path: root/board
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authorAndre Przywara <>2016-07-08 15:25:23 +0100
committerTom Rini <>2016-07-11 10:57:45 -0400
commita868598a4844adf231c0e094b75219327237f262 (patch)
tree8b40e88a5e94e3ee1026867e51d0957041a8feea /board
parent969cd1fa6df4d13615e26afbf03864670af6c098 (diff)
doc: ARMv8: add README.pine64
Since we lack information about the DRAM initialization for the Allwinner A64 SoC, booting any A64 based board like the Pine64 is a bit involved at the moment. Add a README file to explain the process. Signed-off-by: Andre Przywara <> Reviewed-by: Tom Rini <> [trini: Move to board/sunxi/ from doc/] Signed-off-by: Tom Rini <>
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diff --git a/board/sunxi/README.pine64 b/board/sunxi/README.pine64
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+Pine64 board README
+The Pine64(+) is a single board computer equipped with an AArch64 capable ARMv8
+compliant Allwinner A64 SoC.
+This chip has ARM Cortex A-53 cores and thus can run both in AArch32
+(compatible to 32-bit ARMv7) and AArch64 modes. Upon reset the SoC starts
+in AArch32 mode and executes 32-bit code from the Boot ROM (BROM).
+This has some implications on U-Boot.
+Quick start
+- Get hold of a boot0.img file (see below for more details).
+- Get the boot0img tool source from the tools directory in [1] and compile
+ that on your host.
+- Build U-Boot:
+$ export CROSS_COMPILE=aarch64-linux-gnu-
+$ make pine64_plus_defconfig
+$ make
+- You also need a compiled ARM Trusted Firmware (ATF) binary. Checkout the
+ "allwinner" branch from the github repository [2] and build it:
+$ export CROSS_COMPILE=aarch64-linux-gnu-
+$ make PLAT=sun50iw1p1 DEBUG=1 bl31
+ The resulting binary is build/sun50iw1p1/debug/bl31.bin.
+Now put an empty (or disposable) micro SD card in your card reader and learn
+its device file name, replacing /dev/sd<x> below with the result (that could
+be /dev/mmcblk<x> as well):
+$ ./boot0img --device /dev/sd<x> -e -u u-boot.bin -B boot0.img \
+ -d trampoline64:0x44000 -s bl31.bin -a 0x44008 -p 100
+(either copying the respective files to the working directory or specifying
+the paths directly)
+This will create a new partition table (with a 100 MB FAT boot partition),
+copies boot0.img, ATF and U-Boot to the proper locations on the SD card and
+will fill in the magic Allwinner header to be recognized by boot0.
+Prefix the above call with "sudo" if you don't have write access to the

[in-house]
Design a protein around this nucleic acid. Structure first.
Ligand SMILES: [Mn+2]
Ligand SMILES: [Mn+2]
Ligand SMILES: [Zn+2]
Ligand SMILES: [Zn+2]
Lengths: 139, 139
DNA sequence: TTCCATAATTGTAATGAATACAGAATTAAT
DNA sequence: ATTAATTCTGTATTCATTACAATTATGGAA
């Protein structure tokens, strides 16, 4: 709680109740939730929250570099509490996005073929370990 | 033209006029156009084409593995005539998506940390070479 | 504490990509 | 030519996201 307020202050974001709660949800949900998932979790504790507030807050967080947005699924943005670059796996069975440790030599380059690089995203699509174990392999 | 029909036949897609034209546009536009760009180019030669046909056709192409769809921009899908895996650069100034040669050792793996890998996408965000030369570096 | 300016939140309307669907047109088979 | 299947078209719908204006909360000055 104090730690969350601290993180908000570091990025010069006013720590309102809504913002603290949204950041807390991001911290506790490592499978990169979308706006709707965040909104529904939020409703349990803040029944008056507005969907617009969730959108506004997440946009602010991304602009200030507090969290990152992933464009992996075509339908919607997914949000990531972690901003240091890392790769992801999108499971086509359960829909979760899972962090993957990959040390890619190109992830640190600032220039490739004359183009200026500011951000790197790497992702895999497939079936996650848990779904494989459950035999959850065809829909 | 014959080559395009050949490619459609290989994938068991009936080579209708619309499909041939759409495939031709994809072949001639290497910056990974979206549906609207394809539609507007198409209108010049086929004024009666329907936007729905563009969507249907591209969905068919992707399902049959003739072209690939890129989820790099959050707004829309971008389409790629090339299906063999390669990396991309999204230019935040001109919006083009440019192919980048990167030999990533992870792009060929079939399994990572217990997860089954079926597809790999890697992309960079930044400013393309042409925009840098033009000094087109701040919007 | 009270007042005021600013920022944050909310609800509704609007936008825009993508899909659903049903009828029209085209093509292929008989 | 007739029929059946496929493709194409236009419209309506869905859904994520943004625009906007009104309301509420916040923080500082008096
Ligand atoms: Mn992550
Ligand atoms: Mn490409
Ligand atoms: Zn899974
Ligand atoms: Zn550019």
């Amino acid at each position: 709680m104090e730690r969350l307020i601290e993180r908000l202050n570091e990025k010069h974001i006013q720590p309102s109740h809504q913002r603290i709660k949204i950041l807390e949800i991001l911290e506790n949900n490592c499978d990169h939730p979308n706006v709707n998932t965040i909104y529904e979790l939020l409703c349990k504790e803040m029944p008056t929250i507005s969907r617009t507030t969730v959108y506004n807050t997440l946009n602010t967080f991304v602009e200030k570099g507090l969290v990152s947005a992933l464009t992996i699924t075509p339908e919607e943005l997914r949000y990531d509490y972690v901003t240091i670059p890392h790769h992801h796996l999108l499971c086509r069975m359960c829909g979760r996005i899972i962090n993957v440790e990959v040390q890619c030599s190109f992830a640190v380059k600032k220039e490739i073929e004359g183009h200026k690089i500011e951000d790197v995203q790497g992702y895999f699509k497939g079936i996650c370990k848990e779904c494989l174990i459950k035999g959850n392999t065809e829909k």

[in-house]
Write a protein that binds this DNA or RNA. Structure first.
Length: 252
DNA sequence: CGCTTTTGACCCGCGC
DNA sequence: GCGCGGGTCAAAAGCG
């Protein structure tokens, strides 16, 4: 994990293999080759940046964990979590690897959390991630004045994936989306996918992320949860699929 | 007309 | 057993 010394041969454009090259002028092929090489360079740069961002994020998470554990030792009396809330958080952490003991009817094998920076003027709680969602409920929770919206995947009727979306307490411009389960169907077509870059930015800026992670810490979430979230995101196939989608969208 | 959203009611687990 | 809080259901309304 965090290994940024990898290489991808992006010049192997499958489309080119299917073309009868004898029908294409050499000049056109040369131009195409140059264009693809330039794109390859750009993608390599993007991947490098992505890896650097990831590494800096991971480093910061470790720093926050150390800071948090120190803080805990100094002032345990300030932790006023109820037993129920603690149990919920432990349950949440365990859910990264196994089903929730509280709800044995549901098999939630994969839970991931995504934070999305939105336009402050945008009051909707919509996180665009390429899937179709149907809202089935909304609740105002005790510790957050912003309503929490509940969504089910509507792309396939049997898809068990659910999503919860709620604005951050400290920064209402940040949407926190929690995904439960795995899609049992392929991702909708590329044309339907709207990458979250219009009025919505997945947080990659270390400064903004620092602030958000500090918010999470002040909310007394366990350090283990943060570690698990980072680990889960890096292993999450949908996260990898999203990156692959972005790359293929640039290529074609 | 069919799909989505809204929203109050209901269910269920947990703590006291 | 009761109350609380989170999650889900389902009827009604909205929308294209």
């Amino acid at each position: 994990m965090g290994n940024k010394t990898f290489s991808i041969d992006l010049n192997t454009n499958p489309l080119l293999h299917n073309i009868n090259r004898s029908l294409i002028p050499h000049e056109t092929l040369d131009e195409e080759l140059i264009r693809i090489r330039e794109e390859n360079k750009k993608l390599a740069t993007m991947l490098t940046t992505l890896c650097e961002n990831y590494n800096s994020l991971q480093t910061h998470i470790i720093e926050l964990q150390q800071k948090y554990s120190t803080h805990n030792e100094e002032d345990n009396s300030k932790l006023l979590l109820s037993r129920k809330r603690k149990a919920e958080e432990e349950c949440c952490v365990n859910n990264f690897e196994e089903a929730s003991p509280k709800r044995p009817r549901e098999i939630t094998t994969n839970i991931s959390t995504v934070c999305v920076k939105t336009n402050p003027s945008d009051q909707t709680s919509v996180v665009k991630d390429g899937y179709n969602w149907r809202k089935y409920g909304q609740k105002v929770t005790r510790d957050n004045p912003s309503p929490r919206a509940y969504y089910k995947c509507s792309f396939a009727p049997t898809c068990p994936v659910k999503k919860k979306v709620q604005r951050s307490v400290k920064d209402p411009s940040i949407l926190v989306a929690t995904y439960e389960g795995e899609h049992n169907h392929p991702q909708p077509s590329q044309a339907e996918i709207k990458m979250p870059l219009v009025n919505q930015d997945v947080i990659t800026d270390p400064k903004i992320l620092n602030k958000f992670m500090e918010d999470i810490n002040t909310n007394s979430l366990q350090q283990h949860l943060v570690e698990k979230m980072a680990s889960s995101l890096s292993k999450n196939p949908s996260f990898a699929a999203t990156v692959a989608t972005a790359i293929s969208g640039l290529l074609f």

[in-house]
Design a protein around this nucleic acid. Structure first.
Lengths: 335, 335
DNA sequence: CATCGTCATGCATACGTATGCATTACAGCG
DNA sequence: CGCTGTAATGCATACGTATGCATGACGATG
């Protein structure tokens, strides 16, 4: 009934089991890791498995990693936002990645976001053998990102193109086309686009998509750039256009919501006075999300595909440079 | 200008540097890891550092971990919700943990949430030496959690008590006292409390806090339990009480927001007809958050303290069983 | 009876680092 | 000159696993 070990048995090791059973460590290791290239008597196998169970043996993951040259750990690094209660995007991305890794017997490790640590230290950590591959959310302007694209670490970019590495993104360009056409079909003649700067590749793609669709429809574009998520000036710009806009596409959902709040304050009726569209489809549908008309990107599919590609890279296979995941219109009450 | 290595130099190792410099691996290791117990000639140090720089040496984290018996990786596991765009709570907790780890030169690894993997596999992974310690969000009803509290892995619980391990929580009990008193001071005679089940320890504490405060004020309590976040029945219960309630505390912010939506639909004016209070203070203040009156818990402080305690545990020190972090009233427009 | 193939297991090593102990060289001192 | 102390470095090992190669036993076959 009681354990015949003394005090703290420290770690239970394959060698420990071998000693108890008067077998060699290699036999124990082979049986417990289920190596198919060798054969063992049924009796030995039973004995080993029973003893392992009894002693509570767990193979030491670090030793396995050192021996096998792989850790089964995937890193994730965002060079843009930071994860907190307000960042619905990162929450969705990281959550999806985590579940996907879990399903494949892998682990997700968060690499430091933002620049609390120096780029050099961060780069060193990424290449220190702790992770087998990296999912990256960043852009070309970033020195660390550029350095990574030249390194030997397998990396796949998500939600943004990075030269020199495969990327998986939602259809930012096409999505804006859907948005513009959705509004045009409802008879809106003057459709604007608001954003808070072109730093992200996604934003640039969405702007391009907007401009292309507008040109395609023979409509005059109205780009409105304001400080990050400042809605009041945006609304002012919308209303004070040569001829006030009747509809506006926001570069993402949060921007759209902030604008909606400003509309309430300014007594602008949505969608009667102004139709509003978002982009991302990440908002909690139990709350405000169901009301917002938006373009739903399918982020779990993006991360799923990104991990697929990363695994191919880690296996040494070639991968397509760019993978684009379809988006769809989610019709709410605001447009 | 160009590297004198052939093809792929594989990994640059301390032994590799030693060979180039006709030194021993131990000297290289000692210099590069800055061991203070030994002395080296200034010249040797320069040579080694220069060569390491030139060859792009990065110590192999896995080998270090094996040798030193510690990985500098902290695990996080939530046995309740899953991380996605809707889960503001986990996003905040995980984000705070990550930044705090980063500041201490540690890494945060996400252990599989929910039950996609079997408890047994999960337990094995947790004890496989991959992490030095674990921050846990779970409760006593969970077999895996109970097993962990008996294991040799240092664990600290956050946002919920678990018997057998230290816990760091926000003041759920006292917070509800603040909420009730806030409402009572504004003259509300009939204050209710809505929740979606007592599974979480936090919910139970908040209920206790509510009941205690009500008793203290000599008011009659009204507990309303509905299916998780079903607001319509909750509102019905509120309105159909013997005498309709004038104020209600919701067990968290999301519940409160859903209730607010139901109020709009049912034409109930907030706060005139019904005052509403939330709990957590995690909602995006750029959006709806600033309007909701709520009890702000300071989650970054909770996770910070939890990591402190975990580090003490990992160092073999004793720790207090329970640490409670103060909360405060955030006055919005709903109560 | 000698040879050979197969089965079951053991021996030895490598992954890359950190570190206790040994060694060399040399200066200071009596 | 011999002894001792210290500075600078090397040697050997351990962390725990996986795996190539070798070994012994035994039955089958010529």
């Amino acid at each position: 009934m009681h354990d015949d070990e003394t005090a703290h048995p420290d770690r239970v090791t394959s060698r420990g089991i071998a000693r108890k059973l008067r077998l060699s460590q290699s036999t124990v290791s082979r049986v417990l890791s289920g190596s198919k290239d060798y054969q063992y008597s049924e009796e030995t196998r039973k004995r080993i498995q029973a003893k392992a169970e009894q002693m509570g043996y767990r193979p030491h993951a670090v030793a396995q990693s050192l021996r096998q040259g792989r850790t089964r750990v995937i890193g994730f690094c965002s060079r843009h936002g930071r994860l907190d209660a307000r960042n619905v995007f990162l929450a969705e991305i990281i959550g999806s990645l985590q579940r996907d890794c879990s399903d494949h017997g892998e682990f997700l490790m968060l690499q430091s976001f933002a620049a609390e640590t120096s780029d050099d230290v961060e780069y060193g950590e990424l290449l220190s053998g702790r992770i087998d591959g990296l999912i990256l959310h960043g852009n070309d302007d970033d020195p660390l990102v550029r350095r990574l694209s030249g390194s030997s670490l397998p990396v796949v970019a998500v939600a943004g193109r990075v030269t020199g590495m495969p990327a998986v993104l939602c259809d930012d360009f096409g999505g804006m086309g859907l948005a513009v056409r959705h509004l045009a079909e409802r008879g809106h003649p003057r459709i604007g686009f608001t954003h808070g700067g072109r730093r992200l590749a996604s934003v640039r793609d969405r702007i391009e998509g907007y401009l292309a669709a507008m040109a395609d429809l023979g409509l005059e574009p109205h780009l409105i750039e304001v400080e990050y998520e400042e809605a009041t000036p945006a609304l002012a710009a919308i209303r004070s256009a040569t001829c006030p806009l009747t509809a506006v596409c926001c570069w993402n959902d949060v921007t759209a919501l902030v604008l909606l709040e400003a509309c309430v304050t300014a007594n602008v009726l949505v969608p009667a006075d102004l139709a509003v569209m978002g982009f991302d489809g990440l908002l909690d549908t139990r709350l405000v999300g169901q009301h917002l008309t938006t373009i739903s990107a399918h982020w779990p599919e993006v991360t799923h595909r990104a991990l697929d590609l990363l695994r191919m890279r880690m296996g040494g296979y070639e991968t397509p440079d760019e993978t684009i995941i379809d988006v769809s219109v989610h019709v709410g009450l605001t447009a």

+uSD card. You can also use "-o output.img" instead of "--device /dev/sd<x>"
+to create an image file and "dd" that to the uSD card.
+Omitting the "-p" option will skip the partition table.
+Now put this uSD card in the board and power it on. You should be greeted by
+the U-Boot prompt.
+Main U-Boot
+The main U-Boot proper is a real 64-bit ARMv8 port and runs entirely in the
+64-bit AArch64 mode. It can load any AArch64 code, EFI applications or arm64
+Linux kernel images (often named "Image") using the booti command.
+Launching 32-bit code and kernels is technically possible, though not without
+drawbacks (or hacks to avoid them) and currently not implemented.
+SPL support
+The main task of the SPL support is to bring up the DRAM controller and make
+DRAM actually accessible. At the moment there is no documentation or source
+code available which would do this.
+There are currently two ways to overcome this situation: using a tainted 32-bit
+SPL (involving some hacks and resulting in a non-redistributable binary, thus
+not described here) or using the Allwinner boot0 blob.
+boot0 method
+boot0 is Allwiner's secondary program loader and it can be used as some kind
+of SPL replacement to get U-Boot up and running.
+The binary is a 32 KByte blob and contained on every Pine64 image distributed
+so far. It can be easily extracted from a micro SD card or an image file:
+# dd if=/dev/sd<x> of=boot0.bin bs=8k skip=1 count=4
+where /dev/sd<x> is the device name of the uSD card or the name of the image
+file. Apparently Allwinner allows re-distribution of this proprietary code
+For the time being this boot0 blob is the only redistributable way of making
+U-Boot work on the Pine64. Beside loading the various parts of the (original)
+firmware it also switches the core into AArch64 mode.
+The original boot0 code looks for U-Boot at a certain place on an uSD card
+(at 19096 KB), also it expects a header with magic bytes and a checksum.
+There is a tool called boot0img[1] which takes a boot0.bin image and a compiled
+U-Boot binary (plus other binaries) and will populate that header accordingly.
+To make space for the magic header, the pine64_plus_defconfig will make sure
+there is sufficient space at the beginning of the U-Boot binary.
+boot0img will also take care of putting the different binaries at the right
+places on the uSD card and works around unused, but mandatory parts by using
+trampoline code. See the output of "boot0img -h" for more information.
+boot0img can also patch boot0 to avoid loading U-Boot from 19MB, instead
+fetching it from just behind the boot0 binary (-B option).
+FEL boot
+FEL is the name of the Allwinner defined USB boot protocol built-in the
+mask ROM of most Allwinner SoCs. It allows to bootstrap a board solely
+by using the USB-OTG interface and a host port on another computer.
+Since FEL boot does not work with boot0, it requires the libdram hack, which
+is not described here.
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